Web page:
In the above equations VDIFF is the difference between the two input nodes INP 104 and INN 105 which may be expressed as
V DIFF =V INP −V INN. Equation 3
If VDIFF is positive, comparator output 120 will read a logic high. If VDIFF is negative, comparator output 120 will read a logic low.
Given that the comparator in
For most applications, a comparator with a high comparator gain, a large common-mode voltage range, high-speed outputs, robust operating capability, and large output swings is desirable. Special circumstances arise where some parameters are a higher priority than others. For example, a higher comparator gain could be more valuable than a large common-mode voltage range in a small signal analog-to-digital converter application where the designer expects a limited range of inputs.
In accordance with the present invention, a larger output swing may be sacrificed in the interest of increased speed.
Events 291, 292, and 293 mark times when the relationship between INP 210 and INN 220 changes. For example, INP 210 becomes greater than INN 220 at event 291.
Ideal comparator output 230 could be expected from a theoretical device such as ideal comparator 110. Output 230 shows rail-to-rail output swings as well as instantaneous response times. However, non-ideal comparators are not capable of producing output 230 due to physical limitations, such as transistor switching times.
Typical comparator output 240 provides a rail-to-rail output swing which could be useful when interfacing with digital circuits which require large input swings. One drawback to output 240 is that this signal takes longer to reach the common-mode voltage level when switching states.
High-speed Reduced-output-swing Comparator output 250 exhibits increased switching speed due to reduced output swing when compared to typical output 240. This feature may be seen by analyzing comparator outputs in response to input change events. In response to a change in the inputs, the outputs of the HRC comparator may initially have a higher rate of change than the outputs of a typical comparator. After crossing the common-mode voltage level, the rate of change of the HRC outputs can slow down to less than the slope of typical comparator outputs. In many cases, the most important measurement of the outputs' speed can be the time required for the outputs of the comparator to cross the common-mode voltage level, and the time required for the outputs to reach the final output state might be less important. In this situation, a slower rate of change after crossing the common-mode voltage level might not have a significant impact on the relevant speed measurements.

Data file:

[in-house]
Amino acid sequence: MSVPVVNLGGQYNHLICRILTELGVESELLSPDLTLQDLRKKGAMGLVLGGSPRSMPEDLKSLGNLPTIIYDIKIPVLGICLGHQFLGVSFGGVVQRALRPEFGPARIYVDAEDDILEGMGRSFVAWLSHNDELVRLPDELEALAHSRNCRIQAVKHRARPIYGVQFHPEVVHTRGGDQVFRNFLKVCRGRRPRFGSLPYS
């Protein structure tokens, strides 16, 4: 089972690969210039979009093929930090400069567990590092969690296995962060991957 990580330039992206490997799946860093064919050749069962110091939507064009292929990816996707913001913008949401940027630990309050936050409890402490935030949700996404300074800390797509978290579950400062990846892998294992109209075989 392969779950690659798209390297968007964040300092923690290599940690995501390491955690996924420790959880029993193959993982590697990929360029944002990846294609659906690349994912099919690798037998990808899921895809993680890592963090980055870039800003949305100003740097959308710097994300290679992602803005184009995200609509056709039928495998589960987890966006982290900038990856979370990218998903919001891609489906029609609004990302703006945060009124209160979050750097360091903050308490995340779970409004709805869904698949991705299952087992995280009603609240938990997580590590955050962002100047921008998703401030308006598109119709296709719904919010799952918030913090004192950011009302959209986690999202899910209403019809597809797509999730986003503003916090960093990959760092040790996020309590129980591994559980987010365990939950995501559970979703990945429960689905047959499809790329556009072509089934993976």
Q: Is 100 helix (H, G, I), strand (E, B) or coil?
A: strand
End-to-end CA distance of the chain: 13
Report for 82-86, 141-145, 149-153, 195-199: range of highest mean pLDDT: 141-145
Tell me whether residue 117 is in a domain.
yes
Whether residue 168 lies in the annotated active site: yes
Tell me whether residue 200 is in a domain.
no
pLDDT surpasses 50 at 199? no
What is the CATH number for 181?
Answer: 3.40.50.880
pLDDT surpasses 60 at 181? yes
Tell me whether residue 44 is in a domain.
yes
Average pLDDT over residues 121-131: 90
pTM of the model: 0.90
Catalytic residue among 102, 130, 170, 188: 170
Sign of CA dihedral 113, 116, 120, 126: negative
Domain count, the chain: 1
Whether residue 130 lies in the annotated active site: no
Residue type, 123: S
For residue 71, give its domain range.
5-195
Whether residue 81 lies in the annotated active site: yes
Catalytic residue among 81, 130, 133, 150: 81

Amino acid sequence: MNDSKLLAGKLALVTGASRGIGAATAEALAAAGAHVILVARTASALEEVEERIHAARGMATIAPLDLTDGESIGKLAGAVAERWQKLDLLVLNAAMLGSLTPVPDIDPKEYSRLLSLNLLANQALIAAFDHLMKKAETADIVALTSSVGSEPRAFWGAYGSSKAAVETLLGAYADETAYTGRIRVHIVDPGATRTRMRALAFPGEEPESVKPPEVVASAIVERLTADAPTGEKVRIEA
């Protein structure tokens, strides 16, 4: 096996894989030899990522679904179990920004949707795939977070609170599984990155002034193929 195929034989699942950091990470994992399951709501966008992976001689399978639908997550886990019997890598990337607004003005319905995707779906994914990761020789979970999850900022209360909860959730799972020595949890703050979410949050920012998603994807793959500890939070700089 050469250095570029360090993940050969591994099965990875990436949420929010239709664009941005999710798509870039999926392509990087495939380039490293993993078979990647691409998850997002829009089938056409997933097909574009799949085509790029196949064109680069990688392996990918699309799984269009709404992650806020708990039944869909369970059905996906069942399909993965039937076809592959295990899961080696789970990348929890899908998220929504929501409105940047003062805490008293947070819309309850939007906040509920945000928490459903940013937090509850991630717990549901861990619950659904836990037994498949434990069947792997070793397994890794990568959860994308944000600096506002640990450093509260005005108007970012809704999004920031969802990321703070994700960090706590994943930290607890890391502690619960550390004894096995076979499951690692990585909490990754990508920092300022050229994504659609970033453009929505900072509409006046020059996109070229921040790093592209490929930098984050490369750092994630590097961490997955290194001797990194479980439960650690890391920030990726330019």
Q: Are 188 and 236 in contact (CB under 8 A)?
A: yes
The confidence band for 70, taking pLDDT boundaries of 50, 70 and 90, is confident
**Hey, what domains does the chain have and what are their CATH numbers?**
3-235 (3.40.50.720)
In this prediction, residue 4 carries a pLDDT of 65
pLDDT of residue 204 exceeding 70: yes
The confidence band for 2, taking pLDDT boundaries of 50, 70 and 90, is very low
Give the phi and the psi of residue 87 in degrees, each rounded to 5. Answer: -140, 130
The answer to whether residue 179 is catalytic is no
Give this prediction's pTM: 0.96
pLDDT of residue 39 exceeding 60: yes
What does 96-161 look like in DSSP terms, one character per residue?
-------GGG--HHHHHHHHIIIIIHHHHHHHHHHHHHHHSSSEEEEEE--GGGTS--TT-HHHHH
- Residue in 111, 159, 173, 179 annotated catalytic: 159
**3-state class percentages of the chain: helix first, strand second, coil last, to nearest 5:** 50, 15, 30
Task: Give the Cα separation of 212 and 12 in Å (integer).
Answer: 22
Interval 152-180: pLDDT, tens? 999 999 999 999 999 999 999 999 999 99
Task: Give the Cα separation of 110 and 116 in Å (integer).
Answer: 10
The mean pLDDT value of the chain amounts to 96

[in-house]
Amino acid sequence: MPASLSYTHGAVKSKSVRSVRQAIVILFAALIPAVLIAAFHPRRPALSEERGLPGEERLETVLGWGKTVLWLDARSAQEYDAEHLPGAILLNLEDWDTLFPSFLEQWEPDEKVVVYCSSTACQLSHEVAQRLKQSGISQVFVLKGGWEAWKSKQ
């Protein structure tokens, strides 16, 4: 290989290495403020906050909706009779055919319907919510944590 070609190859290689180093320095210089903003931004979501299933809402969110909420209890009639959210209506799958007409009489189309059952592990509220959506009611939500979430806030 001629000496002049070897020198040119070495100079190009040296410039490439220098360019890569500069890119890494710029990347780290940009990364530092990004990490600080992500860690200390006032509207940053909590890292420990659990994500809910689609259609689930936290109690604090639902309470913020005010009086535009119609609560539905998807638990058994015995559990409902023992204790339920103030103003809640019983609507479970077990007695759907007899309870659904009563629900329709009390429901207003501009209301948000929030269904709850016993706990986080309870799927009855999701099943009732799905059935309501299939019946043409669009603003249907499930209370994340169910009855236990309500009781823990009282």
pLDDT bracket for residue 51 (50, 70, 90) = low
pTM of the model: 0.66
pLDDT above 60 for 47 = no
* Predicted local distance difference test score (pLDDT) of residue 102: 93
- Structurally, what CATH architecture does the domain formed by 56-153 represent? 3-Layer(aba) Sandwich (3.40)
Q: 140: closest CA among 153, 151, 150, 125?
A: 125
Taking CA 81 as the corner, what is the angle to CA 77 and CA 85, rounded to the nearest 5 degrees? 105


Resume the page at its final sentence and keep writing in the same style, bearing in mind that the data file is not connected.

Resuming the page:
For example, INP exceeds INN at event 291. Shortly thereafter, HRC output 250 crosses its common-mode voltage level at time 251. Some time later, typical output 240 crosses its common-mode voltage level at time 241. This difference in speed is also present when the outputs transition from a high to a low state, for example in response to event 292. It is contemplated that a complementary differential output could be provided in combination with HRC output 250.
Transistors 320 a, 321 a, 324 a, 325 a, 320 b, 321 b, 324 b and 325 b may be p-type metal-oxide semiconductor field-effect transistors (MOSFETs). Transistor 322 a, 323 a, 326 a, 327 a, 322 b, 323 b, 326 b and 327 b may be n-type metal-oxide semiconductor field-effect transistors (MOSFETs).
It is to be noted that comparator 300 is symmetrical and all of the transistors are comprised of matched device pairs. The matched pairs are denoted by having the same reference numeral and are differentiated by the suffix a or b. For example, transistors 321 a and 321 b comprise one of the matched pairs.
It is to be further noted that comparator 300 is completely complementary since each transistor device has a complementary counterpart of the opposite conduction type. Transistor 320 a is complementary to transistor 323 a; transistor 321 a is complementary to transistor 322 a; transistor 324 a is complementary to transistor 327 a; and transistor 325 a is complementary to transistor 326 a. Note that these complementary relationships are also true for each transistor's matched pair.
There are several beneficial characteristics of comparator 300. For example, the design of comparator 300 internally incorporates negative feedback into each output. Therefore, unlike some comparator circuits, an external biasing circuit is unnecessary. Negative feedback may be provided for OUTP 305 by coupling output node 310 with the gates of transistors 320 b, 323 b, 324 b, 325 b, 326 b, and 327 b. Therefore any unwanted changes in the voltage of OUTP 305 may be compensated primarily by a change in the behavior of transistors 324 b, 325 b, 326 b, and 327 b and the behavior of transistors 320 b and 323 b, to a lesser extent.
This negative feedback, self-biasing scheme compensates for variations in operating conditions, fabrication, or common mode input voltage. The self-biasing scheme also contributes to the attenuation of common-mode input components. This attenuation allows HRC 300 to operate over a wide range of common-mode input voltages.
In accordance with one embodiment of the present invention, a complementary output, for example OUTN 306, may be included in the circuit. The negative feedback configuration described above may be applied to the complementary output node 311 as well.